Fifteen people have now been arrested in what was Thames Valley Police's biggest ever raid investigating drugs, trafficking and modern slavery.
An investigation has found that an organised crime group has been operating within Milton Keynes and is responsible for large quantities of class A drugs being brought in from London and then being dealt on the streets of Milton Keynes.
The group was using hand car washes as a front for their criminal activity and police believe individuals may be being trafficked into Milton Keynes, and might be the subject of modern slavery.
Warrants have been carried out at four hand car washes in Milton Keynes, and one in Bedford. The Citizen was present observing the raids as they were executed.
More than 40 police vans and 180 police officers convened at a local primary school this morning for a brief into 'Operation Retreat'. The first raids were struck at roughly 9.40am, with car washes in Whaddon Way, Bletchley, and in Peartree Bridge targeted.
In total 15 people have been arrested and the force has safeguarded 36 people.
30 of those are believed to be victims of modern slavery, and they are being supported by partner agencies and charities.
Officers carried out a number of warrants at 20 residential addresses, and seized a large quantity of cocaine, cannabis and also thousands of pounds worth of cash, and a Mercedes ML 250.
One of the residential addresses that was targeted, in Shackleton Place, Oldbrook, was home to bags of drugs and a pile of passports. Another address that was raided in the city was said by one of the officers attending to be 'surrounded by cash'.
13 people have been arrested on suspicion of offences such as modern slavery and people trafficking, conspiracy to supply class A drugs, and also immigration offences.
During the operation police have also worked with the Belgium Federal Police through the National Crime Agency, in order to safeguard a further six victims of modern slavery - including a 16-year-old and 17 year-old boy.
A further two individuals were arrested on human trafficking offences.
Detective Chief Inspector, Nicole Murphy of Milton Keynes Local Policing Area, said: “Today we have carried out a number of warrants to disrupt an organised crime group that has been operating in Milton Keynes.
“We have made a number of arrests and have safeguarded a number of individuals who we believe may have been subjected to modern slavery offences, and tackle a people smuggling network.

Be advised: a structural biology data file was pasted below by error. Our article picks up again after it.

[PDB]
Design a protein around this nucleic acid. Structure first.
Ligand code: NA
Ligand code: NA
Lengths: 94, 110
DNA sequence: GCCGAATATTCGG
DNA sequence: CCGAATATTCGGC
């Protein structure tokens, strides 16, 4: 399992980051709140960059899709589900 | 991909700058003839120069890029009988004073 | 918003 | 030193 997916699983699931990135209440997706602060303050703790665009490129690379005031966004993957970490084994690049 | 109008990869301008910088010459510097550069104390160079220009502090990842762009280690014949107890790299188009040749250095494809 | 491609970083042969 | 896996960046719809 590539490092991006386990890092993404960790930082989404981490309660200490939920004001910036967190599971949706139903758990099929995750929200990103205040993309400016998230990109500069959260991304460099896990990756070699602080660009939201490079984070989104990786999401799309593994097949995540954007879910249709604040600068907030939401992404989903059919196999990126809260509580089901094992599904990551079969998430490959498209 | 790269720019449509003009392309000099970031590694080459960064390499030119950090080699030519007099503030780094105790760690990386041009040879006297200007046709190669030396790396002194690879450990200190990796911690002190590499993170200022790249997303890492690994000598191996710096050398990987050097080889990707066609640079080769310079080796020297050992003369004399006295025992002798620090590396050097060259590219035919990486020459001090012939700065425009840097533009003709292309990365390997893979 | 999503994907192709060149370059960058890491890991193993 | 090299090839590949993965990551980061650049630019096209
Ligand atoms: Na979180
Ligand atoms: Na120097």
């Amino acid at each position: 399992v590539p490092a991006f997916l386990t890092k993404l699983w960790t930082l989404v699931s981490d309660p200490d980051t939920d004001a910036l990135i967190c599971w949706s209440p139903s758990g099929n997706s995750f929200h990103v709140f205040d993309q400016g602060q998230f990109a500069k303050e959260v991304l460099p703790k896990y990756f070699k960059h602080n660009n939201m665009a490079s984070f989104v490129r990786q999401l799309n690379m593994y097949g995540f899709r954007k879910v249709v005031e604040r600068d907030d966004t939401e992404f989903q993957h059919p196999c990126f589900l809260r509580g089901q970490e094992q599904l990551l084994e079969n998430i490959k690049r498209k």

“To offer support to vulnerable individuals who may have been trafficked, or those who need help with drugs addiction, we have been working with Milton Keynes Council, HM Immigration, The Samaritans, The Salvation Army, The Red Cross, the Gang Master Licensing Authority and HMRC.
“Additionally we have disrupted this organised crime group, to stop them from bringing drugs into Milton Keynes, and protect our community from the damaging health and social effects of drug abuse.
“This organised crime group has used hand car washes in Milton Keynes, in order to act as a front to mask their criminal activity.
“By continued working with the community and our partners we hope to stop these groups from establishing roots within our communities in this way.
“In order to tackle serious and organised crime we need the public’s help and support. We would ask anyone who thinks someone is being exploited to please report it.
“If you have information which could assist us in tackling serious and organised crime please call 101 or Crimestoppers on 0800 555 111.”
Detective Chief Inspector Darran Hill, of Thames Valley Police’s Serious and Organised Crime Unit, said: “Today’s operation has been hugely successful and in total we have safeguarded 36 people who we believe are the victims of modern slavery and human trafficking, made a number of arrests and also seized cash and drugs.
“This is the largest operation of its type carried out within the Thames Valley, and we have worked with a number of partners who have been key in the success of this operation in order to safeguard vulnerable individuals.
“As well as working with partner agencies and charities, we have also worked closely with the National Crime Agency, and the Belgium Federal Police.
“This is a perfect example of our campaign Stronghold which aims to work in partnership in order to tackle serious and organised crime.”
“We are dedicated to tackling these crime groups who seek to exploit vulnerable people for their own material gain.
“We would urge communities to assist us in spotting the signs of modern slavery, so if you are going to a hand car wash, we would ask members of the public to be vigilant. Are working conditions what they should be, does the car wash have a phone number?
“By reporting simple things like this you could be assisting us in stopping serious and organised crime.”